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We have here the account of the Lord's gracious answer to Solomon's prayer. The effect it had upon the people. Beside these things, here is related the circumstance of the Lord's visit to Solomon by night.
2 Chronicles 7:1
It is remarkable, that this gracious manifestation of God's acceptance in the fire descending and consuming the sacrifice is not noticed in the parallel passage in the book of the Kings. We therefore may find cause from it to bless the Holy Ghost for this duplicate of the history in this book of the Chronicles, by which the Reader is desired to take notice, that this part of the word of God is not, as some have injudiciously thought, a superfluous repetition of the sacred history. If there was but this one thing contained in all the Chronicles which had not been brought before the church in the former account, this alone would be enough to prove its value. The fire coming down from heaven, and consuming the sacrifice, was the gracious method the Lord was pleased to adopt by way of testifying his divine approbation. We have several examples before this of Solomon's sacrifice upon record. If the Reader wishes to compare scripture on this point, I refer him to the case of Aaron in his offering of the sin-offering, Leviticus 9:24 : the memorable case of Gideon, Judges 6:21 and Elijah, 1 Kings 18:38 . But Reader! when you have turned to these and other instances which may be found in scripture, do not overlook the vast and infinite concern we have in this doctrine as it refers to the Lord Jesus. When the Son of God, for the purpose of redemption, took upon him our nature, and became a sacrifice for our sins; the fire of God's wrath was manifested in the sufferings of Jesus. And what an approbation was given to this redemption by Jesus, when the voice from heaven publicly proclaimed: This is my beloved Son in whom I am well pleased! Precious Jesus! how lovely and gracious dost thou appear in all thy redemption-work for the souls of thy people.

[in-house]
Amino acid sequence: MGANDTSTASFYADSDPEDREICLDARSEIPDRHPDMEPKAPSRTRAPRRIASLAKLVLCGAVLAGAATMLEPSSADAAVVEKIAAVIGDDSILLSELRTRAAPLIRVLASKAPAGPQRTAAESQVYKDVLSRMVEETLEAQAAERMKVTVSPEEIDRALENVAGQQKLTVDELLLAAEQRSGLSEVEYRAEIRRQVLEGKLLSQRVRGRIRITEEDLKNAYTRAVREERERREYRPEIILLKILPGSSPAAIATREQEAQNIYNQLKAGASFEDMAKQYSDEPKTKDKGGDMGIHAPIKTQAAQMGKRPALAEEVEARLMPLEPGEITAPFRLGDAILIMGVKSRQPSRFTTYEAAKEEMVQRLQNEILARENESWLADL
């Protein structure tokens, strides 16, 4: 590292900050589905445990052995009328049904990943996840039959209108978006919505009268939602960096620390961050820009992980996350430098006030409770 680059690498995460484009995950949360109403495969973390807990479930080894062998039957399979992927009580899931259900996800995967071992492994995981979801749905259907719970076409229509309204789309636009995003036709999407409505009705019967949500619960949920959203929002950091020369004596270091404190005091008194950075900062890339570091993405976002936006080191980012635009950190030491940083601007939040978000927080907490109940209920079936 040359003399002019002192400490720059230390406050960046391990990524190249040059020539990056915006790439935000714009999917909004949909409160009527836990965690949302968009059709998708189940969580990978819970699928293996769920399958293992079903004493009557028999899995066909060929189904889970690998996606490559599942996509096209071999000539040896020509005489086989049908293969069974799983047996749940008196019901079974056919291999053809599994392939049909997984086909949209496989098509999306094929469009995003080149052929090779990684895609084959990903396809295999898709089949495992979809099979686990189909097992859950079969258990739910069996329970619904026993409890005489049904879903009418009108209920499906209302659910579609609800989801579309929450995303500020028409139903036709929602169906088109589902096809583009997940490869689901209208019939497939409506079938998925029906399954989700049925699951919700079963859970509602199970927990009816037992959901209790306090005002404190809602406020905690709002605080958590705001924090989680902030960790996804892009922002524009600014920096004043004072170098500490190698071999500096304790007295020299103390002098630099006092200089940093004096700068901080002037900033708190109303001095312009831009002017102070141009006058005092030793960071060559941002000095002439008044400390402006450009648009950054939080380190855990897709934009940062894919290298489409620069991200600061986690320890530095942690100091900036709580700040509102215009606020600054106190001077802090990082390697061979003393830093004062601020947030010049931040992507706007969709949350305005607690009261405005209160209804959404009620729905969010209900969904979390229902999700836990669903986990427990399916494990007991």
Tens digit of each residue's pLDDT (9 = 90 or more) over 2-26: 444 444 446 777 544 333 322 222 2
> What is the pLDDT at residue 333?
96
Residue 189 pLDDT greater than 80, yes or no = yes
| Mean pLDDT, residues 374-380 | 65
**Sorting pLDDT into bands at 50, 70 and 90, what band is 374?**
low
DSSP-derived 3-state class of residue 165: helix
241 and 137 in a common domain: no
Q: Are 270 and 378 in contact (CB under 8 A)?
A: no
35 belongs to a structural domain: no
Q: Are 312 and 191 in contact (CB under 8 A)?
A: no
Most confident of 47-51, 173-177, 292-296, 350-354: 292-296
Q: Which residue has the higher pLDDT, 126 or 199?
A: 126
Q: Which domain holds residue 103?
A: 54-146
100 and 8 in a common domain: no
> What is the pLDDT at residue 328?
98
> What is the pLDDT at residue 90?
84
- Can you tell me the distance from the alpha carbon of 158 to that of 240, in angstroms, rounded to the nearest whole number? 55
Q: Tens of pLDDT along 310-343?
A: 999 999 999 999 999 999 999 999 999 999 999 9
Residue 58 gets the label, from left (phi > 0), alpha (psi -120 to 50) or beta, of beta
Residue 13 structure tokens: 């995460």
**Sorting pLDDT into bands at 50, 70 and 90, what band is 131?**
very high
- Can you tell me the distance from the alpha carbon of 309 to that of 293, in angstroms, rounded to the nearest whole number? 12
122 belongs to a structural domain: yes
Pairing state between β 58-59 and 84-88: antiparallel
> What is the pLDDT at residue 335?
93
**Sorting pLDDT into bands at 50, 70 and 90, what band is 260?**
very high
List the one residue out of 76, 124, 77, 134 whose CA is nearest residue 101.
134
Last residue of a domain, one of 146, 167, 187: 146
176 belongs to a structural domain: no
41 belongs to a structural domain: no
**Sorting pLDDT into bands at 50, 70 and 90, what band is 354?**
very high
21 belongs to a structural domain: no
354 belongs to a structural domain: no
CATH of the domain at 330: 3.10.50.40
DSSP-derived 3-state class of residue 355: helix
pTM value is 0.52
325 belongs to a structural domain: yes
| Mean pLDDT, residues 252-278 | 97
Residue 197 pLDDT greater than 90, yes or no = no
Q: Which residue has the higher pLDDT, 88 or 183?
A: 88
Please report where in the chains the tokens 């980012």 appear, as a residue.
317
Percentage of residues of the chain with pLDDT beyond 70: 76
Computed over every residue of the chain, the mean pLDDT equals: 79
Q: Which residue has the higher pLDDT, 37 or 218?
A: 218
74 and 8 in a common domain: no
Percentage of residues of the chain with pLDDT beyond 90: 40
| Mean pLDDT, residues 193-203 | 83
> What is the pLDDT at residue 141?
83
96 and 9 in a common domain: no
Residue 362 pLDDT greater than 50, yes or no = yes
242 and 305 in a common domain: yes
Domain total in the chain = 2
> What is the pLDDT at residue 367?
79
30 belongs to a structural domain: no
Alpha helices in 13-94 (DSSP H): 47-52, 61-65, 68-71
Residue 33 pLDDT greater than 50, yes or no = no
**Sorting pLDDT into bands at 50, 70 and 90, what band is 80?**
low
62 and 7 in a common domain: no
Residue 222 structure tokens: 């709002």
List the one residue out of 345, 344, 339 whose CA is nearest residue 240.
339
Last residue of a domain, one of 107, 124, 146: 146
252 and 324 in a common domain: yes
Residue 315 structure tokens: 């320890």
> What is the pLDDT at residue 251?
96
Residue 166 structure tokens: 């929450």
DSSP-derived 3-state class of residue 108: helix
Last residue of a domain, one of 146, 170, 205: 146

God is awful even in his mercies. The fire which consumed the sacrifice, had it consumed them would have been their just desert: And in that it consumed the offering, it implied as much. The fire of God's wrath burns against sin: That sin transferred to the sacrifice, there it breaks forth. Oh! precious, precious Jesus! what love was thine to take my sins, and to sustain the fire of thy Father's wrath, that I might escape, and thou endure. Oh! for grace to love thee as thou hast loved me!
How grateful is praise from a poor sinner to the Lord, when the Lord had pardoned his sin, and received him into favor. It is really beautiful to behold the joy of Solomon and his people upon this occasion.
While the Lord was so gracious, the king will go on to seek blessings. Not only the temple, but the court, shall be hallowed. Lord, I would desire grace that everything may be sweetly sanctified by Jesus, and in Jesus. When I am most happy in ordinary things, let my soul be very jealous over its affections, that I may be sure my happiness is still in Jesus, and flowing from Jesus. The promise is, men shall be blessed in him. And how shall I look for anything to be blessed out of Jesus? They who would seek any one comfort without Jesus, it is to be feared their joys upon other occasions are not in Jesus. Reader! mark this thought, and see whether it suits your estimate and standard of real happiness. The return of the people to their habitations after so rich a festival, may serve to teach us with what spiritual joy God's people should return from the house, or the table of Jesus, after the enjoyment of a feast indeed of fat things, of marrow, and of wine on the lees well refined. Oh! thou dear Redeemer! what a feast dost thou hold! and what holy joy ought the living upon thy body and blood to impart to thy hidden ones!